It’s a pleasure to respond to this motion on climate change, because we need to dispel one of the worst entrenched myths and accept a fundamental truth. The myth of a 97 per cent consensus was widely and thoroughly debunked long ago. The figure came from a research paper so discredited that it should stand as an example for how science should not be conducted. The paper classified published research according to alleged support for anthropogenic global warming. But, when contacted, researchers confirmed their papers did not support the warming theory and were falsely classified. Associate Professor Dr Nir J Shaviv, of the Racah Institute of Physics, the Hebrew University of Jerusalem, said:

Nope … it is not an accurate representation.

He also said, and this is particularly telling:

Science is not a democracy, even if the majority of scientists think one thing (and it translates to more papers saying so), they aren’t necessarily correct.

There was once a consensus that the Earth was flat. More recently, the consensus around cholesterol and heart disease was forced to change. Many parents would know that consensus on the treatment of nosebleeds changed. When confronted with data refuting their theory, some climate scientists have failed to change that theory—beyond changing its name from global warming to climate change.

That brings me to the second point of this motion, that ‘the case for real and immediate action on climate change has never been stronger’. We are told by activist scientists that we have 10 years to act to avoid catastrophic climate change. But, actually, we were being told 10 years ago that we only had 10 years to act. In 2009, Australia’s then Chief Scientist, Professor Penny Sackett, infamously warned that the planet had just five years to avoid disastrous global warming. Ten years before that, we were told we had only 10 years to act to avoid catastrophic global warming. And nearly 30 years before that, we were being warned of an impending ice age.

The difference is this: when scientists in the 1970s were confronted with data that did not support their impending ice age theory, they changed their theory. The drive to protect a false theory was evident in the ‘climategate’ emails where scientists were advised to fudge results to ensure they complied with the acceptable way of thinking. And that is not an isolated case. Dr Judith Curry, a world-renowned and academically honoured climatologist and former chair of Earth and Atmospheric Sciences at the Georgia Institute of Technology, described how she had been the subject of attack by climate alarmists because she questioned the consensus and its use as a tool. Dr Curry says she was ‘thrown out of the tribe’ for suggesting climate science needed greater transparency. She said:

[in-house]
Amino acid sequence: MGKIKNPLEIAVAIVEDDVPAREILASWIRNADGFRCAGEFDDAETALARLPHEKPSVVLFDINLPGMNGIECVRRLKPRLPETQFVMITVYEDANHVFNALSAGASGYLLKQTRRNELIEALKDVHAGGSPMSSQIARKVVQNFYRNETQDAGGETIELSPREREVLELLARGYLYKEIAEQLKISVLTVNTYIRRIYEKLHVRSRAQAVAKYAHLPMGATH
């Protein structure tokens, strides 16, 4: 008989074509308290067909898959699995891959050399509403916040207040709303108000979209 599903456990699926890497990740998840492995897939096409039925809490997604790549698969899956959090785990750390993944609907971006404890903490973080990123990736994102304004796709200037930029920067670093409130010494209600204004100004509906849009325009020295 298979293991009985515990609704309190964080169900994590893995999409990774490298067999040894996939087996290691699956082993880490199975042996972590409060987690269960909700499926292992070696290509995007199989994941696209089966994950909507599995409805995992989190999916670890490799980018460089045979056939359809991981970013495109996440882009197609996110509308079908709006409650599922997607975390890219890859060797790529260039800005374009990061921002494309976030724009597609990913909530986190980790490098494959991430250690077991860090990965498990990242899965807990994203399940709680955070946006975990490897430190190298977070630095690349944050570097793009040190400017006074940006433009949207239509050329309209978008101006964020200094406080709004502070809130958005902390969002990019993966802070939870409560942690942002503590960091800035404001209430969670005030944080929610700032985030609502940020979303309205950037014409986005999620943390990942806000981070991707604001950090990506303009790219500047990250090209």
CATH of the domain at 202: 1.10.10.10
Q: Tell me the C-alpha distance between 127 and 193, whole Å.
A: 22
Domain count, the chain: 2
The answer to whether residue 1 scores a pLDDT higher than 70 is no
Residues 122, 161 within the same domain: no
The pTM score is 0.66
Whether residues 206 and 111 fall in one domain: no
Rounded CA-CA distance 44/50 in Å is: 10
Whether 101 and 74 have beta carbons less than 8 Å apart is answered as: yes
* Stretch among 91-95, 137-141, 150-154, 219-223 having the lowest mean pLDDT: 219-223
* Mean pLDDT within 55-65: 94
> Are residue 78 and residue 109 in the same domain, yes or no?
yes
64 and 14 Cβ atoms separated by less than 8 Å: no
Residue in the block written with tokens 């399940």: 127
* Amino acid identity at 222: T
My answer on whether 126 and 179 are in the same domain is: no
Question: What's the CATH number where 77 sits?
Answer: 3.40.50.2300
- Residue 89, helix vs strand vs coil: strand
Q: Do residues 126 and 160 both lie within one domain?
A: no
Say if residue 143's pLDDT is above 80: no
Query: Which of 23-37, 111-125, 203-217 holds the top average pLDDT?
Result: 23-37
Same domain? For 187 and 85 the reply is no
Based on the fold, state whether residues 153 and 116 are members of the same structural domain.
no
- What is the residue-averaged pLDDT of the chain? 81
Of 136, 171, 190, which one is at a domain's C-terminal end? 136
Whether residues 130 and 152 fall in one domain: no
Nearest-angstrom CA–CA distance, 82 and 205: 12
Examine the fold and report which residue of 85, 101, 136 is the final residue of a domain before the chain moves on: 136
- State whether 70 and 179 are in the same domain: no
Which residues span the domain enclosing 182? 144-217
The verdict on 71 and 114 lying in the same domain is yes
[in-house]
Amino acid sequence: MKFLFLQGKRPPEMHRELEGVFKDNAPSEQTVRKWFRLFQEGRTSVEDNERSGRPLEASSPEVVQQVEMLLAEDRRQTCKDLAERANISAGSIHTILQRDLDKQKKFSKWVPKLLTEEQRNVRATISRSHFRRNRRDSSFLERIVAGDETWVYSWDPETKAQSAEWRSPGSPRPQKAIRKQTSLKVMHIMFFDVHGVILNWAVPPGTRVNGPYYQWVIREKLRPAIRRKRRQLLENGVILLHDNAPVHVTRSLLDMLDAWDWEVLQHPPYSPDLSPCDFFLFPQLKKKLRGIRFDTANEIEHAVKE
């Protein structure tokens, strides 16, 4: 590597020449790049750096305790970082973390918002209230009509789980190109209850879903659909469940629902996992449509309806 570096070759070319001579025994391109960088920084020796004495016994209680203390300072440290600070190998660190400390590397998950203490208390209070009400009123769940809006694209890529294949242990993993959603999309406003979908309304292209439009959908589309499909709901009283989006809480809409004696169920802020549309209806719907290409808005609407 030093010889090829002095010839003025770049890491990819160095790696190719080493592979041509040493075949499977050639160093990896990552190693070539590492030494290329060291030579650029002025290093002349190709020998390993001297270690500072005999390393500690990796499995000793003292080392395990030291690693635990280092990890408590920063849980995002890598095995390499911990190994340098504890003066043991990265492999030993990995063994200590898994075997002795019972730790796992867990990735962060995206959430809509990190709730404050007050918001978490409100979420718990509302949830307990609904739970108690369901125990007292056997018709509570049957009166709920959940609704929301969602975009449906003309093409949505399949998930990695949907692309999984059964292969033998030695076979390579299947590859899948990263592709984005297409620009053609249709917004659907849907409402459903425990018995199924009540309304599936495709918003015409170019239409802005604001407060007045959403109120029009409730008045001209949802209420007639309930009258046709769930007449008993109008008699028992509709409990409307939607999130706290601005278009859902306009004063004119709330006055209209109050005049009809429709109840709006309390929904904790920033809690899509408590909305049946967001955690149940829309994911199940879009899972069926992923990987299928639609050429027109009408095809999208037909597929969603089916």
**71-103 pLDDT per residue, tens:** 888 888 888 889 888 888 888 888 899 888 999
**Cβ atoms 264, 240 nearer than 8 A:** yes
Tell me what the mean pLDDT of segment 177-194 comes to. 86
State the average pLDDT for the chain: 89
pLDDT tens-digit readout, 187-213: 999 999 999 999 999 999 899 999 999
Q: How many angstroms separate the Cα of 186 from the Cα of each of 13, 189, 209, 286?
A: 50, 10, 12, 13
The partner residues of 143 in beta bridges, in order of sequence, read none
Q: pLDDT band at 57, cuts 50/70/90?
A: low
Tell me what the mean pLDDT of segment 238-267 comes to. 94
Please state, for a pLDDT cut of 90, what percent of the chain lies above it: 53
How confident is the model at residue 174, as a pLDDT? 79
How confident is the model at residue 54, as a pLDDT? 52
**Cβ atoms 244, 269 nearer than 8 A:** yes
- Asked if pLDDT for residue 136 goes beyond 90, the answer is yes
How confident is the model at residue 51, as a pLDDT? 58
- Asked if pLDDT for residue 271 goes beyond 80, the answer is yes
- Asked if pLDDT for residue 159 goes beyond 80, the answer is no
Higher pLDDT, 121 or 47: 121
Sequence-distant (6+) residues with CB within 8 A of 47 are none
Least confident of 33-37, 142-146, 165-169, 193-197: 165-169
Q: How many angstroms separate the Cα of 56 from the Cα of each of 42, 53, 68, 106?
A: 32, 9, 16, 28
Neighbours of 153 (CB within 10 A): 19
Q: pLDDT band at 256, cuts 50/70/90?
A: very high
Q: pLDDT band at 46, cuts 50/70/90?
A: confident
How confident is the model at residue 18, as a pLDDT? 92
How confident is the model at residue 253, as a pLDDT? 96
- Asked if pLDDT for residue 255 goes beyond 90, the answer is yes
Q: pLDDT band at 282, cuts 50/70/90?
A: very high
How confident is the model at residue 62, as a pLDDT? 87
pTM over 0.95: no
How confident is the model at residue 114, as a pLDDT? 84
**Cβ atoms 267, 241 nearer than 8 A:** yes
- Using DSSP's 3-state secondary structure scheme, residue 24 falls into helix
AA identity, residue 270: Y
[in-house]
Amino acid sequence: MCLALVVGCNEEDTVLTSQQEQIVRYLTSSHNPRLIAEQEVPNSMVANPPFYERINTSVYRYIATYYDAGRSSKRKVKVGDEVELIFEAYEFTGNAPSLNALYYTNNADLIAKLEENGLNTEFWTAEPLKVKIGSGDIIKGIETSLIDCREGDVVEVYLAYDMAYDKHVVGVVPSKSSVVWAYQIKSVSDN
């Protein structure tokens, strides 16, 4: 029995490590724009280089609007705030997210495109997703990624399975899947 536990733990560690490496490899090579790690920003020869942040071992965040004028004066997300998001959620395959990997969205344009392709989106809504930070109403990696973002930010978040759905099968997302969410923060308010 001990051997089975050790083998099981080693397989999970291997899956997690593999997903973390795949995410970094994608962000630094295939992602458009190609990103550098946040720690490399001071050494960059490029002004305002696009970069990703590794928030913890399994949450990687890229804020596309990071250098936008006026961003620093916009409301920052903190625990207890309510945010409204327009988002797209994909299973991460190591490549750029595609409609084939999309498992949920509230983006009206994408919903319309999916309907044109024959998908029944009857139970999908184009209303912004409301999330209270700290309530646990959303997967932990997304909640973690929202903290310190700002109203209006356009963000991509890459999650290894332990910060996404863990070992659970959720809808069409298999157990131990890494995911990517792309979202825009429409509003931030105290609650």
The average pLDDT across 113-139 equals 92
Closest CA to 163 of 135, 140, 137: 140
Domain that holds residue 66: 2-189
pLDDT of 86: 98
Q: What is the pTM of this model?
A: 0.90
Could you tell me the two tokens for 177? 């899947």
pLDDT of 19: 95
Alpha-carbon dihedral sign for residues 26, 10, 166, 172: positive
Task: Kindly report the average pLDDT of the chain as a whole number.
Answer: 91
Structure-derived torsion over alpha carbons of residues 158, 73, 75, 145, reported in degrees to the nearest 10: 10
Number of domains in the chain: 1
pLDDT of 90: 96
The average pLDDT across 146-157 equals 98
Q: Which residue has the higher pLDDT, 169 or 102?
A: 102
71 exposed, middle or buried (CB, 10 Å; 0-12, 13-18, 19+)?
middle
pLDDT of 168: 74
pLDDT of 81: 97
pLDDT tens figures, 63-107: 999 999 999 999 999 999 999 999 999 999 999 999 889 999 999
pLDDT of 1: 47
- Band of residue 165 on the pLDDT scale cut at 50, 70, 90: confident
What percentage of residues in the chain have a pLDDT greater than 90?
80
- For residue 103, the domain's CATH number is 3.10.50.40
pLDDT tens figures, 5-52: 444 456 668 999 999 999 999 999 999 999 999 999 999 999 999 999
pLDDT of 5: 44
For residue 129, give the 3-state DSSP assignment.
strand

On balance, I don’t see any particular dangers from greenhouse warming. {Humans do} influence climate to some extent, what we do with land-use changes and what we put into the atmosphere. But I don’t think it’s a large enough impact to dominate over natural climate variability.

That balance is prohibited from the discussion while the railroaded science of alarmism is driving much of public policy around the world. The result is the false belief that, if some nations, in particular, butchered their own economy to meet the Paris agreement, everything would be all right.

Dr Curry and many others have recently pointed out the folly of staying in the Paris agreement. Even if every country met its Paris commitment, the difference would be negligible. But the economic damage would be a major setback for humanity. Two of the most highly respected economic reformers in Australia also advised pulling out of Paris last week. Keating government advisor, Fred Hilmer, and the inaugural Productivity Commission chairman, Gary Banks, advised dumping the Paris agreement and offered a sobering assessment of renewables. Professor Banks was quoted as sympathising with Australians who were ‘bemused’ about rising power bills amid claims of a low-cost, renewable-energy future. He offered this reminder of a fundamental truth:

The notion that there’s a trade-off, that we can’t have it all, that there’s no free lunch, that’s not been made clear to the public. In fact when you look at it, we’ve ruled out all the least-cost ways of transitioning to a low-emission economy … we’ve ruled out nuclear and essentially ruled out gas too.

It’s time that we as a nation accept that climate science has been railroaded and is far from settled. It’s time that we accepted that renewable energies do come at a cost, at a real cost—a cost that actually costs jobs and a cost that impacts on the poorest of Australians through rising electricity prices. If that real cost of renewables became transparent, I guarantee you one thing: that people would be demanding an exit from the Paris agreement.

Chamber Federation Chamber on 16/10/2017 Item Federation Chamber – PRIVATE MEMBERS’ BUSINESS – Climate Change Speaker: Christensen, George, MP / Parliamentary Transcript used for reporting news